On July 1, 2014, the Vermont Shoreland Protection Act was enacted to protect water quality, preserve habitat and natural shoreline stability, and protect the economic and recreation benefits of lakes and their shorelines.
The management standards in the Shoreland Protection Act allow lake friendly development and redevelopment proposals to ensure that lakes are protected.
While allowing for lake access and recreational use, the regulation encourages the retention, establishment, and maintenance of vegetative growth to hold the soil, provide shade, and filter and absorb runoff, through the Vegetation Management Standards. The goal of these standards is to maintain the minimum number of trees and shrubs needed to protect the lake and to ensure saplings grow as replacement trees. The Vegetation Management Standards apply to the 100 foot width of shoreland surrounding the lake and use a point system (the same as Maine and New Hampshire) to ensure that each 25 foot by 25 foot section (plot) has a healthy number of trees and saplings, and an ample duff layer (decomposing leaves and twigs). For existing development already in this 100 foot lakeshore buffer area, all native plants are now protected by the Shoreland Protection Act and a permit is required to remove them, with the exception of a hazardous tree or an invasive species.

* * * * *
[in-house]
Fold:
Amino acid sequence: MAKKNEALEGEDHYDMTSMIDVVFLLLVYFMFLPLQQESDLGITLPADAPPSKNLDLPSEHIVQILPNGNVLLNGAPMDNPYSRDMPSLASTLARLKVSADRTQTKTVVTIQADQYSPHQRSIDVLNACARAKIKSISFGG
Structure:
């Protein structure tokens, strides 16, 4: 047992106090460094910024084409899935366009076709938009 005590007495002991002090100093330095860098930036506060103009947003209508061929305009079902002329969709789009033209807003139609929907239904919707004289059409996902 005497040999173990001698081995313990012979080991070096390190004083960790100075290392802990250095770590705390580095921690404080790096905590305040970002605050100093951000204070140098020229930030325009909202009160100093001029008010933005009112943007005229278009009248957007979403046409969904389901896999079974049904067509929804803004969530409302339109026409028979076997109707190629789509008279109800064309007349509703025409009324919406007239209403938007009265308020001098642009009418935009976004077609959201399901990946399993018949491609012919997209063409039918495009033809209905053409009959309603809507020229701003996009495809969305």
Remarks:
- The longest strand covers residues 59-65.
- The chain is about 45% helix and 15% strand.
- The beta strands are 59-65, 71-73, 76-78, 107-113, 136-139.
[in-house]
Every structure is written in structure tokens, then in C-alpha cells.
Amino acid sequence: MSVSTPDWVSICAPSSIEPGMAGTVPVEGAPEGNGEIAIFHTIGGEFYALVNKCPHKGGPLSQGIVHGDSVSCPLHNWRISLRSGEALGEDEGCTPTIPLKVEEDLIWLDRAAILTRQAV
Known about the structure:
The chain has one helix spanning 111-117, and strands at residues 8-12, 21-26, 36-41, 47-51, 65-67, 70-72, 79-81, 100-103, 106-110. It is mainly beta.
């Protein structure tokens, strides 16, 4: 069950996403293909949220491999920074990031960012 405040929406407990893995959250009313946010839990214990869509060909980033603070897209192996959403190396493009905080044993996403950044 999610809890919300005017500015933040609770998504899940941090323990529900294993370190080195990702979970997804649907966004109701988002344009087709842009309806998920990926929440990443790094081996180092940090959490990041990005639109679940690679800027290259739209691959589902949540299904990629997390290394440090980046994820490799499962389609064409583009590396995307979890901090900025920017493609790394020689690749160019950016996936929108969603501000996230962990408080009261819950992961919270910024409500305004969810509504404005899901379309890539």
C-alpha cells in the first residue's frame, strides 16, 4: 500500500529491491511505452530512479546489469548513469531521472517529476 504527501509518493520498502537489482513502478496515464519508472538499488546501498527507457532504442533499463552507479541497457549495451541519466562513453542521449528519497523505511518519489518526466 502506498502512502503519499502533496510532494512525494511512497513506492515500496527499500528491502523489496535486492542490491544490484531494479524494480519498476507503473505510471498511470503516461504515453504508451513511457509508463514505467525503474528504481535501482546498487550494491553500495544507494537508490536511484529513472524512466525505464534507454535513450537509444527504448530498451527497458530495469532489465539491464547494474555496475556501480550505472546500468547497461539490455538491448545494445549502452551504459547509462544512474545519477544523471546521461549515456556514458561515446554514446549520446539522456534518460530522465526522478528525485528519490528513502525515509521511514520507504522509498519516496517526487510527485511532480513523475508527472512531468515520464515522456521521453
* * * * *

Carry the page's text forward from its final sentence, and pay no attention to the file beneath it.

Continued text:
For more information, see The Vermont Shoreland Protection Act – Frequently Asked Questions at http://www.watershedmanagement.vt.gov/lakes/docs/shoreland/lp_FAQs%20Shoreland%20Protection%20Act.pdf.
In conjunction with the Shoreland Proection Act, these existing education and outreach programs continue to be vitally important to protect Vermont’s lakes: